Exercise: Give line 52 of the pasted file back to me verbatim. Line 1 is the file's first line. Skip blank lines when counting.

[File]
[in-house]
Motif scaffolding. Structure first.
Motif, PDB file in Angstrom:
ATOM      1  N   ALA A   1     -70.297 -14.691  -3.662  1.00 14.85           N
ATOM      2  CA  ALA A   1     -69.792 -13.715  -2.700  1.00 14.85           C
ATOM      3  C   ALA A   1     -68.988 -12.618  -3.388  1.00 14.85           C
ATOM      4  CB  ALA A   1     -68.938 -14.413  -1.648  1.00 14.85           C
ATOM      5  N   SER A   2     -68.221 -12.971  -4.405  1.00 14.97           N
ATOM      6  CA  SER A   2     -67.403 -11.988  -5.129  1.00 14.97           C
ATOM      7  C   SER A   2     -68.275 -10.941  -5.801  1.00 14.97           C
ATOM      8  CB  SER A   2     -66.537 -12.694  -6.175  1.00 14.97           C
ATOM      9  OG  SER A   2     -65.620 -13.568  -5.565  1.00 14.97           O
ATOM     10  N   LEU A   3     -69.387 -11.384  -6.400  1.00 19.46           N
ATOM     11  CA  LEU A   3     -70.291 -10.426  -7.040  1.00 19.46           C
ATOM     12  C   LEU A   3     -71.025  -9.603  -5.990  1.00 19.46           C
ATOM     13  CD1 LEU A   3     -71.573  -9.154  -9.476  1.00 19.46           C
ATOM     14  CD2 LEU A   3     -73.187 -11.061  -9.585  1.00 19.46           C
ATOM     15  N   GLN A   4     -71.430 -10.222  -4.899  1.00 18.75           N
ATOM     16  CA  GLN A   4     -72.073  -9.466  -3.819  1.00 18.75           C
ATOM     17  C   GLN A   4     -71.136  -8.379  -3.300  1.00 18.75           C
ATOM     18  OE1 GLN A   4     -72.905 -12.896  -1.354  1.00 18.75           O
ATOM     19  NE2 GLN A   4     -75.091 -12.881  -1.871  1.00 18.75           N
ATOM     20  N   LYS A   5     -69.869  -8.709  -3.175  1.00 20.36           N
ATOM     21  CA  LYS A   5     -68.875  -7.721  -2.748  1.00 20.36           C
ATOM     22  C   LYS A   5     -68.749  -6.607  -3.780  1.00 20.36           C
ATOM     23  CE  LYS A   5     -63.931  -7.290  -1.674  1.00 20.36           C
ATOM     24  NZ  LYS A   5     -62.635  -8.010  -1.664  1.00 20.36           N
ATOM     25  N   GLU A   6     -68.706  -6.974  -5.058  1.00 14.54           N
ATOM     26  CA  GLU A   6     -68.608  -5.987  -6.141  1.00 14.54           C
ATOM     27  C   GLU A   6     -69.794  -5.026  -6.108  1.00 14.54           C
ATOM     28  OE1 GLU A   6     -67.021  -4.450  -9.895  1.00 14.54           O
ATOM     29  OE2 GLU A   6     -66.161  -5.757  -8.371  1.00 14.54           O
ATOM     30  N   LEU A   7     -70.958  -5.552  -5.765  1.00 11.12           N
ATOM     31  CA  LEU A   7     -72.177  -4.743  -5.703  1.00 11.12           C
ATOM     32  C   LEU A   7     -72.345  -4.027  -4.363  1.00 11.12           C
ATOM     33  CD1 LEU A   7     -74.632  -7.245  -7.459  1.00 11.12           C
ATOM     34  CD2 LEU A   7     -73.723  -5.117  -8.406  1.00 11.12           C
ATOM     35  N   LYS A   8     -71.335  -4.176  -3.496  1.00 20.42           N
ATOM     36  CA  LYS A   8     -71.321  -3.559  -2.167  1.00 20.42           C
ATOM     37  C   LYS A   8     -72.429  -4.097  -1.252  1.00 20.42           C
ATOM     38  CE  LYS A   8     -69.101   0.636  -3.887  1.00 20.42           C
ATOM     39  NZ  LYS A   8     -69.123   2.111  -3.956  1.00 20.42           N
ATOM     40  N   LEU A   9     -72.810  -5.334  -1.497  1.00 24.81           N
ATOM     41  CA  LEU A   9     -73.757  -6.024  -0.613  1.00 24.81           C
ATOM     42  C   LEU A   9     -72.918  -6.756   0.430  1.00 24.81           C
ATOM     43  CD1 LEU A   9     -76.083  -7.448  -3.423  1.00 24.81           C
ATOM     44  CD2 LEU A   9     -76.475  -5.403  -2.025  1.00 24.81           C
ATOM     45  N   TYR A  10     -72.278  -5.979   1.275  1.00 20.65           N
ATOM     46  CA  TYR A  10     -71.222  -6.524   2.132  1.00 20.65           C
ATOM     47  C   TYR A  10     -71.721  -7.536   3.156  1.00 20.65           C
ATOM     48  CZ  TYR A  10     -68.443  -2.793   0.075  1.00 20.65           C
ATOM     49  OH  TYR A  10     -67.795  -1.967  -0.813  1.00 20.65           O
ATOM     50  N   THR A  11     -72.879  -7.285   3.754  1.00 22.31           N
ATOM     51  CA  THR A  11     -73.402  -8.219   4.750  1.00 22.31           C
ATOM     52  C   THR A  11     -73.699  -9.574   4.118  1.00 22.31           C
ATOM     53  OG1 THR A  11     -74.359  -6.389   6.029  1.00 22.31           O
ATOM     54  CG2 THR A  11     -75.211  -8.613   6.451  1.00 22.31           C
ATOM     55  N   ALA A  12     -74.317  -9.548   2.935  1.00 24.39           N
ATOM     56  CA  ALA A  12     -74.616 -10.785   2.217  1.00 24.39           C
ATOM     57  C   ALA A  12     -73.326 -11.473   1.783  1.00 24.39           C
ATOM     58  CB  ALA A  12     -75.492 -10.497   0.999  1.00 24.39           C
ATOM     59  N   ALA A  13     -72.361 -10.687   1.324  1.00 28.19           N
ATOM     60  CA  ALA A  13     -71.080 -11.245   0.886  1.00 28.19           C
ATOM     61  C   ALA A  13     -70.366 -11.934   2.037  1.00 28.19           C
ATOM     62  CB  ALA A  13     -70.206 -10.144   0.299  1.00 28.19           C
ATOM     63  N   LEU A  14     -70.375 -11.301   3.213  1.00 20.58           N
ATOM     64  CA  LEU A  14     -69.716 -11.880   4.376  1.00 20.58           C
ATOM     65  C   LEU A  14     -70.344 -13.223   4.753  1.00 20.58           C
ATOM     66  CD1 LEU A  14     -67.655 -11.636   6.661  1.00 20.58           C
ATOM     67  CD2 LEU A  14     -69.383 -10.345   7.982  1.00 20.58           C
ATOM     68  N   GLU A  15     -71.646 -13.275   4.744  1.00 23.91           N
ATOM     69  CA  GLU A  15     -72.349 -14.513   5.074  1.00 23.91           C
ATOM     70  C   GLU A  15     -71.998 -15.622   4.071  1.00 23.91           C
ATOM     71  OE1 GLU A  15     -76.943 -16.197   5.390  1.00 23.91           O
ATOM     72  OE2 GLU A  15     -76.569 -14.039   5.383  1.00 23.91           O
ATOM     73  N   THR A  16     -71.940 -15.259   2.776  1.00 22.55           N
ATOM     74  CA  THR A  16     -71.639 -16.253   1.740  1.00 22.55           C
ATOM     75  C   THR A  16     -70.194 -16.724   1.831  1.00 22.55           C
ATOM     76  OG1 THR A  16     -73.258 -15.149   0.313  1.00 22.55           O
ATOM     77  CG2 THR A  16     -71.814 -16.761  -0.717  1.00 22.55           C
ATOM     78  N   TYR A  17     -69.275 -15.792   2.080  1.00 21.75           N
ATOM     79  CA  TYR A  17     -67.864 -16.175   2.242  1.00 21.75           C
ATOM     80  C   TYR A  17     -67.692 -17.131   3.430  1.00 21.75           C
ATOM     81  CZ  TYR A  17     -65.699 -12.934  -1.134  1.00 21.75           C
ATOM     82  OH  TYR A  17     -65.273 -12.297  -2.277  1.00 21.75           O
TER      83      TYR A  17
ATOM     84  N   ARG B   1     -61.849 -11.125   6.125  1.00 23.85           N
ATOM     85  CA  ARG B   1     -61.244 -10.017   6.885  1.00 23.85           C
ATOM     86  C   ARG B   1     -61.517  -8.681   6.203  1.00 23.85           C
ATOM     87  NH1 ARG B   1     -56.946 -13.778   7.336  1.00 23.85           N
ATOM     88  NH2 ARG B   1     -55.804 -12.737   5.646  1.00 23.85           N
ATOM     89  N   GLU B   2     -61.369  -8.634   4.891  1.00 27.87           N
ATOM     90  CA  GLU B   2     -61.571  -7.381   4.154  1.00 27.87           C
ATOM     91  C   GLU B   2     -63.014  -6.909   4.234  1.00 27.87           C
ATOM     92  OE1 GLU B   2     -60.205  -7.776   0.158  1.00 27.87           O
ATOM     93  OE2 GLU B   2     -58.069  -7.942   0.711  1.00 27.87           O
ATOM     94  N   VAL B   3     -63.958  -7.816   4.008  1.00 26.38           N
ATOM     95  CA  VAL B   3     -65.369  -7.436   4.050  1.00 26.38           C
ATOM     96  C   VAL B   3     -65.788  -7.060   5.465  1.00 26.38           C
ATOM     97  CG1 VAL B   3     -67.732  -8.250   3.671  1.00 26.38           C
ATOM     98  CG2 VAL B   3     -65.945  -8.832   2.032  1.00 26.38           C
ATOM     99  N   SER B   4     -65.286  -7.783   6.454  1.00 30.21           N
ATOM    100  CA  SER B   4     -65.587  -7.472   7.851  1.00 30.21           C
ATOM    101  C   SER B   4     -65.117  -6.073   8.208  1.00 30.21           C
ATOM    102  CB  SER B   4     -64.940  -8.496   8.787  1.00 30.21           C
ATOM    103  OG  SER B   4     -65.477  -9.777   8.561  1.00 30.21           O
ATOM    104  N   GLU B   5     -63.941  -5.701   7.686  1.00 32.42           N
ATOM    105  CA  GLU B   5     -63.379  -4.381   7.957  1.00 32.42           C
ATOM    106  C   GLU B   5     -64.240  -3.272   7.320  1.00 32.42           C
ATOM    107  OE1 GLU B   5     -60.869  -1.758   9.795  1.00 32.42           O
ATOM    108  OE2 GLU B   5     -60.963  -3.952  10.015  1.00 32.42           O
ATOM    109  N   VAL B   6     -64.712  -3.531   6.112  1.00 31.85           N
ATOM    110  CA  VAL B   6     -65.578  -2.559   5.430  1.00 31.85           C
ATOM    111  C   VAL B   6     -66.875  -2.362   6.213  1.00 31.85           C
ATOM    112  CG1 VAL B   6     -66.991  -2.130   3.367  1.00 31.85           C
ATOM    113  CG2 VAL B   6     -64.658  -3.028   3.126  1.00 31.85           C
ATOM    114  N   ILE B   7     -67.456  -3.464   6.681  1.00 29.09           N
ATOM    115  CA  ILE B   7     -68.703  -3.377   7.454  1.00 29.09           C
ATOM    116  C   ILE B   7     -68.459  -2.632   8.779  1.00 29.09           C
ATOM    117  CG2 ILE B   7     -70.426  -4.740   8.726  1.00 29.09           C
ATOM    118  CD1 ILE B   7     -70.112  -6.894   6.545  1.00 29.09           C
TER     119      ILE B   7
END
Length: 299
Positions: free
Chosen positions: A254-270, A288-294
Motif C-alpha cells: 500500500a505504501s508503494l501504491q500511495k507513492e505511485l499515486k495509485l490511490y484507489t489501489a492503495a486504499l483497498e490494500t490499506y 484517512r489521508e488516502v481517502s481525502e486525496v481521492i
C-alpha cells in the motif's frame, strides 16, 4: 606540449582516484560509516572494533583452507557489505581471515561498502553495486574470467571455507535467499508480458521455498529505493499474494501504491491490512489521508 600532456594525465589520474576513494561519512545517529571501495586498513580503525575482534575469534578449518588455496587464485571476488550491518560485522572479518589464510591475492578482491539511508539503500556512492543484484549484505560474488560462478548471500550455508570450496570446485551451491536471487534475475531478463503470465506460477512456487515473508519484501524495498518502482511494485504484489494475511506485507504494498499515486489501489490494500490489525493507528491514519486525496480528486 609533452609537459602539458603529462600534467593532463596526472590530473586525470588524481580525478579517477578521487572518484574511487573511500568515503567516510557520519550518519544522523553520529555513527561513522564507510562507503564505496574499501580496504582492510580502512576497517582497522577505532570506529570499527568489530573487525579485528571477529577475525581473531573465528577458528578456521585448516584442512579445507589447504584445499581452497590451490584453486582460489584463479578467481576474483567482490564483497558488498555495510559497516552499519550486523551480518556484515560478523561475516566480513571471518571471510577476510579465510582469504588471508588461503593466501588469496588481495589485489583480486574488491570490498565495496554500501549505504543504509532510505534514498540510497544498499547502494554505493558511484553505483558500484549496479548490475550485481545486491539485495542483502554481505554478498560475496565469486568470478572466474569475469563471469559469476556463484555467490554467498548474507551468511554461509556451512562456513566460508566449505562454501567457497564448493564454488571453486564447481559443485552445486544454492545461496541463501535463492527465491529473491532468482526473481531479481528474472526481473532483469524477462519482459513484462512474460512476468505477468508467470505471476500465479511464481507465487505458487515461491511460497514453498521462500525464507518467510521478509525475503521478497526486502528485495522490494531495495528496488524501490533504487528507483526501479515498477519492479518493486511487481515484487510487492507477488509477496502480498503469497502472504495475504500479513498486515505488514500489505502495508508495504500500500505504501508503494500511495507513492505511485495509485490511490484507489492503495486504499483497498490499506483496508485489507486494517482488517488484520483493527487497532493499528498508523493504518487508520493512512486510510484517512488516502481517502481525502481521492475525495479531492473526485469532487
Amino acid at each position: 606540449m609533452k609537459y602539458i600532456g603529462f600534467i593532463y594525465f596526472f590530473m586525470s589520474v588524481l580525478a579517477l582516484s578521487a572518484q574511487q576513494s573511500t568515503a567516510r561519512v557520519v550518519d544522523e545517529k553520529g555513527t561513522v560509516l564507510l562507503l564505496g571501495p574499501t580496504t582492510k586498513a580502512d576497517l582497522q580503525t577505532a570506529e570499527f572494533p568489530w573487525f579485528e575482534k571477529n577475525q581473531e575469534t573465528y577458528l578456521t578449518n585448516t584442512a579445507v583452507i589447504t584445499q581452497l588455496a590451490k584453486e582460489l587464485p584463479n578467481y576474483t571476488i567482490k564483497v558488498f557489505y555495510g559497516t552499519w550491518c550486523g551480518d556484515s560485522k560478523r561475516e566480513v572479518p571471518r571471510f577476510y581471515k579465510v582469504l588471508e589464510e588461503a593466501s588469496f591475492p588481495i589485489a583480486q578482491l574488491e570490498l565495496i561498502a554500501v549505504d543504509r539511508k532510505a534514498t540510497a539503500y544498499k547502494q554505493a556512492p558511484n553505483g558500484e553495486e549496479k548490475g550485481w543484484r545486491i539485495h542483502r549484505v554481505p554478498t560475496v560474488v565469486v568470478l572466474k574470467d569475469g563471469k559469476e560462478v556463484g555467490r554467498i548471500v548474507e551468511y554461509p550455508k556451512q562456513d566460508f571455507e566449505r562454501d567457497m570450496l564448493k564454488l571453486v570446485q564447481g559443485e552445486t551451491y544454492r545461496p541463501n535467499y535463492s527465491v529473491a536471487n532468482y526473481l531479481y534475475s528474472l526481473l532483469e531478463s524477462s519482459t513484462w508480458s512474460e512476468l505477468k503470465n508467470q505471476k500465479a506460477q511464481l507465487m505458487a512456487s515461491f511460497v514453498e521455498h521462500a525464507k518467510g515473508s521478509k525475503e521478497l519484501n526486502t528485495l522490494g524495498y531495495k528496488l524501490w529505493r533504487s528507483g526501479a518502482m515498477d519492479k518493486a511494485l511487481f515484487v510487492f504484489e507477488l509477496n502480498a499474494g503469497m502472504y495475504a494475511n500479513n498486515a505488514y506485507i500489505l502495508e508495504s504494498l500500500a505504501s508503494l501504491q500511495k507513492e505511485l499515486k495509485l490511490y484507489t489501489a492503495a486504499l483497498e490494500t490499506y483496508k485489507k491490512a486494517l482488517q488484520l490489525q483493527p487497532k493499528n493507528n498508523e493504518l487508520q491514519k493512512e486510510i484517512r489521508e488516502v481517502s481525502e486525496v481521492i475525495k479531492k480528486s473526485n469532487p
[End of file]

ATOM     49  OH  TYR A  10     -67.795  -1.967  -0.813  1.00 20.65           O